"Hi, random neighbor downstairs. Would you like to come over and share some of our latkes right now? Oh, you're not as spontaneous as my kid? Oh well."
"Hi, random neighbor..."
For the second night of Chanukah, Ryan and I made some latkes. Latkes are best when they're fresh out of the pan, so I rang my friend Peggy's doorbell and invited her to come down the hall and have some with us.
One grown-up guest was clearly insufficient for Ryan. My pleasant conversation with Peggy was interrupted by several cries of "We've got to FIND everybody!"
"Do you mean you want to invite more people over for potato pancakes?" I asked.
"Who should we invite?"
"We got to find EVERYbody!"
When Ryan started walking up and down the hall, still wearing his blue Chef in Training apron, calling "EVERYbody, where ARE you?" I realized I had to get involved.
We started walking the building.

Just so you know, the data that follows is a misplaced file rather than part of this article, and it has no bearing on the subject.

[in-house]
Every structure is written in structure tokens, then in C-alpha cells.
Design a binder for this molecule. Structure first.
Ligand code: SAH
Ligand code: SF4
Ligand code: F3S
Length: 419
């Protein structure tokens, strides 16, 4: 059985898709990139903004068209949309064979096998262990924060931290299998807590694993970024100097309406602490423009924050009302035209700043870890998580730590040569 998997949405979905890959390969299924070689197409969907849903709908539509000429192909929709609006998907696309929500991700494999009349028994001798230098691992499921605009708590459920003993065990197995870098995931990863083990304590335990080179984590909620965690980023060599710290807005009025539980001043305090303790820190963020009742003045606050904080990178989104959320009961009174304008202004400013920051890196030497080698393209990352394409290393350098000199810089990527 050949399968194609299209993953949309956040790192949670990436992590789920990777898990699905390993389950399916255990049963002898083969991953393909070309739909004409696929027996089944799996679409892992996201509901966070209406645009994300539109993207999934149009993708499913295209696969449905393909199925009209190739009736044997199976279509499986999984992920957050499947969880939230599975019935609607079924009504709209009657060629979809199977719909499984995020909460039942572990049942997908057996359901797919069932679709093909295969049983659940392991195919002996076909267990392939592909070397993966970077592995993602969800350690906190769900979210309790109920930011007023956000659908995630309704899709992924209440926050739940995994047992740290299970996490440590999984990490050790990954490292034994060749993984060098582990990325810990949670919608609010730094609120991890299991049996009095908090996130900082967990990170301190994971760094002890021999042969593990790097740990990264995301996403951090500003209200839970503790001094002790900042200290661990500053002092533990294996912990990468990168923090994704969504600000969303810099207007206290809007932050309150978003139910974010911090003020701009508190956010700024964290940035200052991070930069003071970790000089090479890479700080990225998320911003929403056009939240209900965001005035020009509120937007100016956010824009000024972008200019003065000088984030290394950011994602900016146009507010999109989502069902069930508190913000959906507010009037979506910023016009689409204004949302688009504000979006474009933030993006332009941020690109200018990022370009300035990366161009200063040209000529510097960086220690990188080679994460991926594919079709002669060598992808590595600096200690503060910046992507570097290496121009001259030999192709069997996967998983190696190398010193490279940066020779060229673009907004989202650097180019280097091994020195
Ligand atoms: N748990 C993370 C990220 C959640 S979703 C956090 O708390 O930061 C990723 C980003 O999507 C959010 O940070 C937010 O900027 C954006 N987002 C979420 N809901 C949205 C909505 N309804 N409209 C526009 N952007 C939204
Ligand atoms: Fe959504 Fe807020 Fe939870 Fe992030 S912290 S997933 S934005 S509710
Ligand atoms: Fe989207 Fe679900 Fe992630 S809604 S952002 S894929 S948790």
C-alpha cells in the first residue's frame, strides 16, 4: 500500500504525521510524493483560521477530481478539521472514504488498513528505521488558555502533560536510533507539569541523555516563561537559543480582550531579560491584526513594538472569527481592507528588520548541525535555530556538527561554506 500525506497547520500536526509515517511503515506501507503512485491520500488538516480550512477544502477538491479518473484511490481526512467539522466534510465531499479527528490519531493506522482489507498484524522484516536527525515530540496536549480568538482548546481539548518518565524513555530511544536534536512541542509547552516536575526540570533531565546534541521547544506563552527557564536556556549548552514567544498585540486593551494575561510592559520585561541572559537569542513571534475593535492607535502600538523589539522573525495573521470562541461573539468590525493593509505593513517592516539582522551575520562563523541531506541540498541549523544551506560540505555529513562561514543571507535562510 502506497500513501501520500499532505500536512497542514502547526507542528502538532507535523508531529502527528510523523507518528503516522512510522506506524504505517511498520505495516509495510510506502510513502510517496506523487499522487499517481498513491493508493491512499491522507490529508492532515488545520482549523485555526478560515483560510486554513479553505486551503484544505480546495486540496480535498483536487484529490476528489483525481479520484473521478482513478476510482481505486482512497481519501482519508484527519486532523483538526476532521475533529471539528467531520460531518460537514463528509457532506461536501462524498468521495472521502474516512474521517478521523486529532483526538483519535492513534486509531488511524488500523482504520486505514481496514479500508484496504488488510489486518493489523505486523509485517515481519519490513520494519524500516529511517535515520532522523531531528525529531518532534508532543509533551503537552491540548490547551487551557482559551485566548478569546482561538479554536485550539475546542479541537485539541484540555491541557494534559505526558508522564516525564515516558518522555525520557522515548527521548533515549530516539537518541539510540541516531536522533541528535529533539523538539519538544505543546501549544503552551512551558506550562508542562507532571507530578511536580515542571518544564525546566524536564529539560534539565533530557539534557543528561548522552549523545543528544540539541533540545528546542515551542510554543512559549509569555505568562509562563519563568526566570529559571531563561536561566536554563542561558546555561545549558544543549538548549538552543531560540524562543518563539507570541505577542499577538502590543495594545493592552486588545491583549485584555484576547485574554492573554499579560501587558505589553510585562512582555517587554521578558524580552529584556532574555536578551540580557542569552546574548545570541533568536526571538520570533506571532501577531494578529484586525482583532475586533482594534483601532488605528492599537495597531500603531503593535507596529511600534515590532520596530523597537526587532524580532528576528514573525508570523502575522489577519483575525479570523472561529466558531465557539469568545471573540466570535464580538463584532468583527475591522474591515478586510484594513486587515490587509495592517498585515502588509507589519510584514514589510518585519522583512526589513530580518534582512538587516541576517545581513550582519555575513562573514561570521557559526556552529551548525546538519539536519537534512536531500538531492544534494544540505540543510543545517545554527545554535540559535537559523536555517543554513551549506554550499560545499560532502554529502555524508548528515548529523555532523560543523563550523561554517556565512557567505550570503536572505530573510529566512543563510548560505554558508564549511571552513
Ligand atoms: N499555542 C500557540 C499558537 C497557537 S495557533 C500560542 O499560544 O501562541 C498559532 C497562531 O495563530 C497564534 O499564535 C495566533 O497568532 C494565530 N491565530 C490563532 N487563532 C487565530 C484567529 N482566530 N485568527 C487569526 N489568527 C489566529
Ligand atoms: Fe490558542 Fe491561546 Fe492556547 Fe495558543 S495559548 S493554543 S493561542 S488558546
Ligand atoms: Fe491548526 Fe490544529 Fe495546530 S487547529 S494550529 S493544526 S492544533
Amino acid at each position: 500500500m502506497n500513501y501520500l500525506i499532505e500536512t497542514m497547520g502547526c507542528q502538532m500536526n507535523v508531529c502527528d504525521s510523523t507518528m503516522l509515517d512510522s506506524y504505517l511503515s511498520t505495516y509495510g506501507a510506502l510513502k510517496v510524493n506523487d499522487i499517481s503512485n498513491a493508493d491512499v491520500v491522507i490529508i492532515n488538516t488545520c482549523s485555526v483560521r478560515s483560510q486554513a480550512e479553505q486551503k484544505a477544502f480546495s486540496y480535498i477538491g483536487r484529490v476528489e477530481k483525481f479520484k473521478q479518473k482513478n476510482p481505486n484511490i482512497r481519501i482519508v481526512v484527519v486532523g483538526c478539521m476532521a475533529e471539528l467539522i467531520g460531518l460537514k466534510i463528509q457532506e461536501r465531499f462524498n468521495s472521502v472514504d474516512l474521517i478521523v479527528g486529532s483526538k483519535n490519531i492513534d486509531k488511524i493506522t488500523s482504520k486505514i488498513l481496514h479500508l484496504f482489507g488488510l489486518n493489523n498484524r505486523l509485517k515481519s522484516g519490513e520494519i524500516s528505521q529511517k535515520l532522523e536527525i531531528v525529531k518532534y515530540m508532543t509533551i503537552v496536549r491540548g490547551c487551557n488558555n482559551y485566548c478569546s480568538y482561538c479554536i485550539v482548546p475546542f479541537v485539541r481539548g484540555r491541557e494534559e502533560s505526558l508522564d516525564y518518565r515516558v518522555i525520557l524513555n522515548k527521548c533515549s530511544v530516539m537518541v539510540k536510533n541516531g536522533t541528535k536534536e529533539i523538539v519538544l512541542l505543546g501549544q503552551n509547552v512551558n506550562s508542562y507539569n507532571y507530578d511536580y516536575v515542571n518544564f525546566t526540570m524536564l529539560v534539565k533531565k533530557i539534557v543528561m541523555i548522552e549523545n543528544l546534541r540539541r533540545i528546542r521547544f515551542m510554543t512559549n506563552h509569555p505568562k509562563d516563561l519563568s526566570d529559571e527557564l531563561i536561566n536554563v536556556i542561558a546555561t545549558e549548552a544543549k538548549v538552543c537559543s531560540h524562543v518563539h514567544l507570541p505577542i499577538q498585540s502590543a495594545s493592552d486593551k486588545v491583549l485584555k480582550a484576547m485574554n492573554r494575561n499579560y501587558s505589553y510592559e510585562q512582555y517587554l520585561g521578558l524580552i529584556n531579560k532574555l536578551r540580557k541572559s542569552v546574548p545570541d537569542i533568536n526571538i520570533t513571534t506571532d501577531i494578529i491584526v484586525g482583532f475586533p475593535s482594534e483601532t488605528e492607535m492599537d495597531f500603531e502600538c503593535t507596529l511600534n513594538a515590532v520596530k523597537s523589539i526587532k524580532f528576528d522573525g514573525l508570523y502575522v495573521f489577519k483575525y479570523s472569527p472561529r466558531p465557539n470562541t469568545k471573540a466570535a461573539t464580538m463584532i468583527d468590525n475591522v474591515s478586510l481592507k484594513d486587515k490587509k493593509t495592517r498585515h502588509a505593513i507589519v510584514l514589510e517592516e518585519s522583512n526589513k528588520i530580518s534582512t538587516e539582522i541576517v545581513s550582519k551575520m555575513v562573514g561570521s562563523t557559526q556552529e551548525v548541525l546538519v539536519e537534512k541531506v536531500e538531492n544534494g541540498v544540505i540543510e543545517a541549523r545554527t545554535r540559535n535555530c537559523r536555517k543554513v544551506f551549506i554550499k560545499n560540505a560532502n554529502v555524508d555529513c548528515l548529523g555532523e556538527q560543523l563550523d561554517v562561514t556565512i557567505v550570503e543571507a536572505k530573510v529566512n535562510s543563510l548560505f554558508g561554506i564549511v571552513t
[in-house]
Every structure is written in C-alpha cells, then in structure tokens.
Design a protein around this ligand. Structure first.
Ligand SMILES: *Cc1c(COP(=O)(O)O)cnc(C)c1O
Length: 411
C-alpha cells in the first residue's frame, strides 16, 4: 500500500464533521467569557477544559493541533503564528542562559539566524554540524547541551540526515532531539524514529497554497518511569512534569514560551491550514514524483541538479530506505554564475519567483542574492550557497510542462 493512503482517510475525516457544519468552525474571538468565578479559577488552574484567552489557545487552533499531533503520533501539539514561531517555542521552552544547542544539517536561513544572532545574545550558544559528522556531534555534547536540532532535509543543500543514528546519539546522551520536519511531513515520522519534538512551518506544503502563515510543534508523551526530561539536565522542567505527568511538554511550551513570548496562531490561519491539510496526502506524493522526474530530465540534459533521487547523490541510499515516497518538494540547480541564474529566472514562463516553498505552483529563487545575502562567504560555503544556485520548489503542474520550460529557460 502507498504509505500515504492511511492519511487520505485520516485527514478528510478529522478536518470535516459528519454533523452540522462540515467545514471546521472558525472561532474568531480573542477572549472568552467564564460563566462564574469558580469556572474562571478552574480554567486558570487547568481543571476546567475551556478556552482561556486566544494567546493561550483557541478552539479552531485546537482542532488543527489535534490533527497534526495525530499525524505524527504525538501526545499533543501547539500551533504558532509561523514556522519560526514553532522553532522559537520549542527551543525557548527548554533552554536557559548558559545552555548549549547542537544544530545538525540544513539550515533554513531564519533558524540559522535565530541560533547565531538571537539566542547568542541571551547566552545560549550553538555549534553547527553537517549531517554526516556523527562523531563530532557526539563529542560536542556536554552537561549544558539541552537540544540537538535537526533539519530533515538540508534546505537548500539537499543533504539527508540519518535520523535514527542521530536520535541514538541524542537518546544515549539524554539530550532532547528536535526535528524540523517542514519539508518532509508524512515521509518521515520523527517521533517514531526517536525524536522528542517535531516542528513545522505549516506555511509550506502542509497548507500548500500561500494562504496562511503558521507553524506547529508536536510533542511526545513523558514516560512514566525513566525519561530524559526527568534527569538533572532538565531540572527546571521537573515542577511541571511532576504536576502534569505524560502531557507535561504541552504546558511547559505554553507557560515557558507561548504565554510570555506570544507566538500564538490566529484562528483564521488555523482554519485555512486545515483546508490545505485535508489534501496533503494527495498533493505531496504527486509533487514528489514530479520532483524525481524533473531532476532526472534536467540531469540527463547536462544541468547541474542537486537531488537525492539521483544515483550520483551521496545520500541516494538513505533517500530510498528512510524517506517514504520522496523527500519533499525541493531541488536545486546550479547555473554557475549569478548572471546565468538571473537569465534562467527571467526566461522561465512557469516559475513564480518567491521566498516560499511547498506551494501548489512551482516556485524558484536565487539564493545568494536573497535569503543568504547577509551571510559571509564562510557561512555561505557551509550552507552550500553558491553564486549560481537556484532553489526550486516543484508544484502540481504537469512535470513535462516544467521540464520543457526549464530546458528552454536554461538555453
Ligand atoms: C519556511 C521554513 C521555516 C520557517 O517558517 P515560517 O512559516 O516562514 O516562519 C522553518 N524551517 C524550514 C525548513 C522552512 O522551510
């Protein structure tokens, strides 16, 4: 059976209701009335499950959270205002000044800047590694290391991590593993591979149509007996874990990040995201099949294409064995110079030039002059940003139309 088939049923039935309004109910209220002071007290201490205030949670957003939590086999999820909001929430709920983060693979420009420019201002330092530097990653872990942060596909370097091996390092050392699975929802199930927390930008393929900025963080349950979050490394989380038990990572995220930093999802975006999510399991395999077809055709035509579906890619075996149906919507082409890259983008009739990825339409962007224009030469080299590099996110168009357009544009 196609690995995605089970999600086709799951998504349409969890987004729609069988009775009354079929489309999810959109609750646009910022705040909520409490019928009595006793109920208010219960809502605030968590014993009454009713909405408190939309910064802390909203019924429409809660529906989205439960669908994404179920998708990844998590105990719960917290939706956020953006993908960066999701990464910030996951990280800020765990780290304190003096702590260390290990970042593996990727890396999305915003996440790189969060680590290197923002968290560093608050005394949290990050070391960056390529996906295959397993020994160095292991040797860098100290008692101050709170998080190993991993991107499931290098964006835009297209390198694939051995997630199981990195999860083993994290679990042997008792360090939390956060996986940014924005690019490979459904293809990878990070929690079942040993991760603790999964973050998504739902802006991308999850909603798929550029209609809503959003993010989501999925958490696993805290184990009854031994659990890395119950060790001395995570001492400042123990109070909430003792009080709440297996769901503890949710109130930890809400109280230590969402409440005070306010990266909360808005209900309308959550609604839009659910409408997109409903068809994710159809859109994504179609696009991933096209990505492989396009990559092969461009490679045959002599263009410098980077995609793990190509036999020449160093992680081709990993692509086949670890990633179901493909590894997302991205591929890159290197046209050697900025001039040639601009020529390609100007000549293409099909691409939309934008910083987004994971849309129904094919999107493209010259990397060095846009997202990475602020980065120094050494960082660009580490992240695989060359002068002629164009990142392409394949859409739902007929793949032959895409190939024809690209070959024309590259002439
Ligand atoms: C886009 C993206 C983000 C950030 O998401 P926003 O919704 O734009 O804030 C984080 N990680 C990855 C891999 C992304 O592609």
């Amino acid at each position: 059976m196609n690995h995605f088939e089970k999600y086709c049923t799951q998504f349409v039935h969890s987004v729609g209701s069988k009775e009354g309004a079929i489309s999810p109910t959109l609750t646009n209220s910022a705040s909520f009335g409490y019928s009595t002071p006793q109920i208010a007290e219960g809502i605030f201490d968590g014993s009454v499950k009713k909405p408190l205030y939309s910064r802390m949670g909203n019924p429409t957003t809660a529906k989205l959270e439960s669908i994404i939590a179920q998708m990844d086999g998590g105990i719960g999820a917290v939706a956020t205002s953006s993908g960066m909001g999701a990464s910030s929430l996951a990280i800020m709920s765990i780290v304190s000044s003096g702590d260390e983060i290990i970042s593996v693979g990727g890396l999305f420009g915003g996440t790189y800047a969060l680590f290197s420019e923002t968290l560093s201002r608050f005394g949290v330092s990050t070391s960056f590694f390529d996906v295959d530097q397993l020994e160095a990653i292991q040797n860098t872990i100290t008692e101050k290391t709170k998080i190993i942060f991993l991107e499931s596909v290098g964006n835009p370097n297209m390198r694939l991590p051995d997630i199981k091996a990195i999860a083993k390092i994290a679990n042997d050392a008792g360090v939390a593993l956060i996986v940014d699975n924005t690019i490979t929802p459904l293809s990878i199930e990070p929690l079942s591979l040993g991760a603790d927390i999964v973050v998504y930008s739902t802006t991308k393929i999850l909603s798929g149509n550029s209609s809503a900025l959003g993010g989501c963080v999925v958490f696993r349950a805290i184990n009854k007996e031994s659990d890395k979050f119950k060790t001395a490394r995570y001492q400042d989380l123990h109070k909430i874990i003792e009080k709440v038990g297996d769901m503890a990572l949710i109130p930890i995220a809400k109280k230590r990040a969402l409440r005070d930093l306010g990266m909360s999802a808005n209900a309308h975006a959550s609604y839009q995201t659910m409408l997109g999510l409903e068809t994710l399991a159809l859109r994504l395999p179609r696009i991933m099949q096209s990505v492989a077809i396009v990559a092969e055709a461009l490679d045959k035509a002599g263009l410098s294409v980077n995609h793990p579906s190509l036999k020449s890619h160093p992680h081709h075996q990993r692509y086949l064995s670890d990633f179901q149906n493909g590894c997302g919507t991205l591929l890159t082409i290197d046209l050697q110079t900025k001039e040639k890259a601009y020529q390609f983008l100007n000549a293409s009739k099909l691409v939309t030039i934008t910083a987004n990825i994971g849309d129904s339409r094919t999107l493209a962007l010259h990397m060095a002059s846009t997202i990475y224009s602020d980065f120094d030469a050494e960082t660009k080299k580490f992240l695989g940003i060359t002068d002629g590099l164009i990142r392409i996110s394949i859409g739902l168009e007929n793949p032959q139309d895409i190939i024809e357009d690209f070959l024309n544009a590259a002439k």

Our next door neighbors weren't home. The kid at the end of the hall wasn't home. Ryan's buddy Jason wasn't home. Alison was home, but confessed she doesn't like latkes. More rejections. Things were looking dicey.
We eventually found a willing and available guest: 22-month-old Aiden and his mother. After they had eaten enough latkes and applesauce, Ryan asked little Aiden, "Can I play with you?"
I found some toddler-safe toys, and the boys ran around and shared pretty well and were having a wonderful time.
At some point Ryan bumped into Aiden and scared him, and the poor little kid started crying. I pointed out to Ryan that he had scared the baby. Ryan became visibly concerned. He said to me, "Got to make him happy!" Then he turned to Aiden and said, "Got to make you happy!" He immediately got to work covering Aiden in kisses.
No surprise, I got a little teary.
When it was time for our guests to leave, Ryan said appropriate goodbyes and did not get upset. He was delighted with the party he had just thrown.
Hands-down, this was the best spontaneous 15-minute Chanukah party I've ever had.